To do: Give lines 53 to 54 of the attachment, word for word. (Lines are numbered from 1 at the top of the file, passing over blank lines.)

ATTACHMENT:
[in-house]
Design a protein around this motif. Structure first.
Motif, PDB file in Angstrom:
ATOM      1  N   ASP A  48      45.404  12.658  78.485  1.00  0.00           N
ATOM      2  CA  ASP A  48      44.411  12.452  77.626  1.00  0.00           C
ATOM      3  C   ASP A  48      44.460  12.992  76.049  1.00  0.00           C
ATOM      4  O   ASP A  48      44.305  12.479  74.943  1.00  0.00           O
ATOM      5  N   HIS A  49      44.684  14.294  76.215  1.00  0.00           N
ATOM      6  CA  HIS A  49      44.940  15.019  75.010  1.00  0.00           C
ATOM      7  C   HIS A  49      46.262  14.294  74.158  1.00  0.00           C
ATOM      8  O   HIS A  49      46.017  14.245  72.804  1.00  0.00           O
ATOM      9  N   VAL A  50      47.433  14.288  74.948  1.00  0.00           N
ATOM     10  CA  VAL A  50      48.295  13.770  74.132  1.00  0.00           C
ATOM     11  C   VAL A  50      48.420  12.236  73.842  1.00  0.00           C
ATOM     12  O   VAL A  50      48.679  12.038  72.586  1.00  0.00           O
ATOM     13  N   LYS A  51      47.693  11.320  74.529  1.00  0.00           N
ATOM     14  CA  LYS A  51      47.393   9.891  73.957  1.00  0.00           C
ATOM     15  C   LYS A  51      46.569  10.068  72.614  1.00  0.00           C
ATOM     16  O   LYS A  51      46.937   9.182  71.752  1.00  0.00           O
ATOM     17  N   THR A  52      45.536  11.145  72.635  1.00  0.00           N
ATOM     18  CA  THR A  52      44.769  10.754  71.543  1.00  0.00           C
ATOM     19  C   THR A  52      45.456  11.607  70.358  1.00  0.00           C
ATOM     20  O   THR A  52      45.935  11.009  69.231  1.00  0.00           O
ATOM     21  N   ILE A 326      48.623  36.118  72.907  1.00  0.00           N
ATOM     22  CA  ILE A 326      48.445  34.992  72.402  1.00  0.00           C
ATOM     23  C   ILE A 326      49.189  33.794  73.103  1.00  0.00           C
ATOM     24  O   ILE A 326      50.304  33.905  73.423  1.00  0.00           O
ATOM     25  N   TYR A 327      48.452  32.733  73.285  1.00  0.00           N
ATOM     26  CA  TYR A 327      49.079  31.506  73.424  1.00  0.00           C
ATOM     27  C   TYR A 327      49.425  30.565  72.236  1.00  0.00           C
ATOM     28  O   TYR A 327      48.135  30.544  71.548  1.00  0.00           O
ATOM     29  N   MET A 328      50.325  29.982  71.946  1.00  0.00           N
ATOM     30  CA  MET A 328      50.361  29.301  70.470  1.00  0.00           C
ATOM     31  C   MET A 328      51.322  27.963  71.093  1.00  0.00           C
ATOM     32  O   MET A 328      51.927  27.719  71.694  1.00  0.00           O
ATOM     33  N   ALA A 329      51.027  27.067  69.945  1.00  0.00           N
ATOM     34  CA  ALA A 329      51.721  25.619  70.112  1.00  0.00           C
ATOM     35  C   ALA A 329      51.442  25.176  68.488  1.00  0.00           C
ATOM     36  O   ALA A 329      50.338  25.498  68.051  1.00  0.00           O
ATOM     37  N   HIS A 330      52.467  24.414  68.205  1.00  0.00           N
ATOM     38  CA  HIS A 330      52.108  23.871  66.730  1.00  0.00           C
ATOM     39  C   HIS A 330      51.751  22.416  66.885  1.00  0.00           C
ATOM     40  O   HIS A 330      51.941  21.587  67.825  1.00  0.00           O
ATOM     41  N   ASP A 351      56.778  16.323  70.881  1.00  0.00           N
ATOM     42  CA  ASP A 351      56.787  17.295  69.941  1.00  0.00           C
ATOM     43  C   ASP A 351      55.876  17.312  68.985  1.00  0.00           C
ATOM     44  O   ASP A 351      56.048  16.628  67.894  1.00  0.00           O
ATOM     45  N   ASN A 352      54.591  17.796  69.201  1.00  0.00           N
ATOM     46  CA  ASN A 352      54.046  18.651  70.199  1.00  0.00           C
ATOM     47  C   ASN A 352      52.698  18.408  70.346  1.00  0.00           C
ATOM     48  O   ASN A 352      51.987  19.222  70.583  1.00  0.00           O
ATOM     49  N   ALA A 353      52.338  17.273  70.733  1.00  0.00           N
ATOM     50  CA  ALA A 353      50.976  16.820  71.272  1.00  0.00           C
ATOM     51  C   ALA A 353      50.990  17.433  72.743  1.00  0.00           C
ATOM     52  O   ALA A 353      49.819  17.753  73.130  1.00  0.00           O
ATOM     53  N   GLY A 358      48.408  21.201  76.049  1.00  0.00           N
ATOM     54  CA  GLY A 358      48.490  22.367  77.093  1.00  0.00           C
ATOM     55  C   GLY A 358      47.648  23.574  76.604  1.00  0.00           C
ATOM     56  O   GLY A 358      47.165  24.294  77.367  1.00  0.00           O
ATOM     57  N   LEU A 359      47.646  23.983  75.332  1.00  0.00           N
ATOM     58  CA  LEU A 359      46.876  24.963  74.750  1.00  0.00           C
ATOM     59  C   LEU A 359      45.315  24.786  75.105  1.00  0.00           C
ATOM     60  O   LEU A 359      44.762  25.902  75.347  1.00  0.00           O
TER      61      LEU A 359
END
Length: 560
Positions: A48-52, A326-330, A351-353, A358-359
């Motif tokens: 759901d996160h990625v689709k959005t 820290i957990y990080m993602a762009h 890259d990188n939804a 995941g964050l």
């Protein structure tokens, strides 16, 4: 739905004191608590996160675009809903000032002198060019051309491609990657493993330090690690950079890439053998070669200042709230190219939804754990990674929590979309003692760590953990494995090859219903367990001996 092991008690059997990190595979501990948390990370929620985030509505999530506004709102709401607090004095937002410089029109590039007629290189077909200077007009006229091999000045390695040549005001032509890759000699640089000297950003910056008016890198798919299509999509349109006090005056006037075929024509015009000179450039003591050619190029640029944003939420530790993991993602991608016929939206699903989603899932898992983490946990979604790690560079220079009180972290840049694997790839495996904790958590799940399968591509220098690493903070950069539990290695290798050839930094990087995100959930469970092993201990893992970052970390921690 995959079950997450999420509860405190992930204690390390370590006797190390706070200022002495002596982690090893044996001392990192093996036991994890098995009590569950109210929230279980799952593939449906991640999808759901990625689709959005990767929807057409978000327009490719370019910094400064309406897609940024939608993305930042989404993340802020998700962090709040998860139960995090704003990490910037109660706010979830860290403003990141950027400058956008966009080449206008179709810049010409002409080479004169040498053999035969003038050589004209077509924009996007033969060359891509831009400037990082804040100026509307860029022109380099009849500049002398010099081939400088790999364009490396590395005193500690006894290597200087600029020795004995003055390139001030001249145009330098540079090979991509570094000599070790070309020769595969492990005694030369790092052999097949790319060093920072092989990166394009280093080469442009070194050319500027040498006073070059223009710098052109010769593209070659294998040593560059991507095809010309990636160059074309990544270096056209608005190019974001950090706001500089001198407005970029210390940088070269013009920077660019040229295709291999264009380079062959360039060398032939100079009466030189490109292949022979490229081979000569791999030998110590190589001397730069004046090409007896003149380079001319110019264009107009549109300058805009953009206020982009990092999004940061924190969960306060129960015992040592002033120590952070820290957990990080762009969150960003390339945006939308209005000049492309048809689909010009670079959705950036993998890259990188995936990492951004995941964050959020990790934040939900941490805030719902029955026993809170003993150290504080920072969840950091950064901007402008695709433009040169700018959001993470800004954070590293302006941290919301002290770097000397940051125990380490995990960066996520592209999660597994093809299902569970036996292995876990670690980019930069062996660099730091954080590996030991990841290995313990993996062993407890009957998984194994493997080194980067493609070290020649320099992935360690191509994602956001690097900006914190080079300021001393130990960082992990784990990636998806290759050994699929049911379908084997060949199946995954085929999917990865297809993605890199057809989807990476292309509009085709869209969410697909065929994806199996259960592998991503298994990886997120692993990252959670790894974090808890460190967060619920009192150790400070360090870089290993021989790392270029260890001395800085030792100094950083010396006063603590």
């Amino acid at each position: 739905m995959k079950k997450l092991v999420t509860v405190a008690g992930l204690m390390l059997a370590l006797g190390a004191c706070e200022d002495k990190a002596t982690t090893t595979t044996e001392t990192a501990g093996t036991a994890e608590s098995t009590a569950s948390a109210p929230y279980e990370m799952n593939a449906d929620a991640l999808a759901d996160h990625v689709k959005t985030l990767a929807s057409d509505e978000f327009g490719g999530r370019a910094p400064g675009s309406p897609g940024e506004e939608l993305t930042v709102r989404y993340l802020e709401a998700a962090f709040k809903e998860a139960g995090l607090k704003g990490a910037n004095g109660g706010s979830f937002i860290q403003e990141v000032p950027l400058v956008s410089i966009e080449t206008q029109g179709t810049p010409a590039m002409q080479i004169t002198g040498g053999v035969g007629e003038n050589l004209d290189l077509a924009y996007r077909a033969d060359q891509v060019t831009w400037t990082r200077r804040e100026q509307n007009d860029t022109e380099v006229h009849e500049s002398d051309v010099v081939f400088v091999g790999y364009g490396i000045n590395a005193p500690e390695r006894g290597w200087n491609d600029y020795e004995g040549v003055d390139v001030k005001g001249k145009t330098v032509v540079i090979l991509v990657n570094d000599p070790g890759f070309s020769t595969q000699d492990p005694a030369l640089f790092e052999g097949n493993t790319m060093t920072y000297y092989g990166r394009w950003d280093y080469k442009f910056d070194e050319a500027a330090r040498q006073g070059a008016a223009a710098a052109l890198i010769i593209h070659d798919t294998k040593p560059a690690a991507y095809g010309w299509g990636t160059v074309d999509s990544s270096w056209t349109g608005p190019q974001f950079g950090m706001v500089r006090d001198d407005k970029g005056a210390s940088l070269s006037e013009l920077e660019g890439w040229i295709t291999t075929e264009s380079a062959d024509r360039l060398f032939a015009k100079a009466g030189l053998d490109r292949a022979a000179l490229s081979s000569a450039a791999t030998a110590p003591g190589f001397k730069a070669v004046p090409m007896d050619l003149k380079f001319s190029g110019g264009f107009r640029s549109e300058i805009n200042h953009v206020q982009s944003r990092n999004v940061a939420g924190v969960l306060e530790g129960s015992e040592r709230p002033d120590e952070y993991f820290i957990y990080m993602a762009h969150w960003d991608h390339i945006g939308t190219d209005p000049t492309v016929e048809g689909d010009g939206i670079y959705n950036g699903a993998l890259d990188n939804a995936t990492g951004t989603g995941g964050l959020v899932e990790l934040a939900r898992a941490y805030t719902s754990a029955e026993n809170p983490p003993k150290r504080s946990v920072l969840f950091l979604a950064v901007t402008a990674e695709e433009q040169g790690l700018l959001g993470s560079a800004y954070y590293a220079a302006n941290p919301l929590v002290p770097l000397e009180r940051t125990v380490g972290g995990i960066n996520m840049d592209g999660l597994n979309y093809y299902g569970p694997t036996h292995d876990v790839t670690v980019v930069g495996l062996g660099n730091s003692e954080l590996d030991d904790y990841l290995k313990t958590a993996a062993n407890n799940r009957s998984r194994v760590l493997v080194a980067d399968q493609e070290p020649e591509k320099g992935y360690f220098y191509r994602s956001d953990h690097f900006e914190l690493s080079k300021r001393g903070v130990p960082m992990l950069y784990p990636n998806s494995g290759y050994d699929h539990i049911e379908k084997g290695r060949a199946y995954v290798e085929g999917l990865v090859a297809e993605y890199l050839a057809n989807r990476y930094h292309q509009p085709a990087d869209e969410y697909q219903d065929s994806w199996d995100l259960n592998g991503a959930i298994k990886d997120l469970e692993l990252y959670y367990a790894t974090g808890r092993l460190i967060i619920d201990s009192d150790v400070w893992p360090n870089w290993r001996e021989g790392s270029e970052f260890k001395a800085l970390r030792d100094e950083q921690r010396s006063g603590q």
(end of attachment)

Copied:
ATOM     50  CA  ALA A 353      50.976  16.820  71.272  1.00  0.00           C
ATOM     51  C   ALA A 353      50.990  17.433  72.743  1.00  0.00           C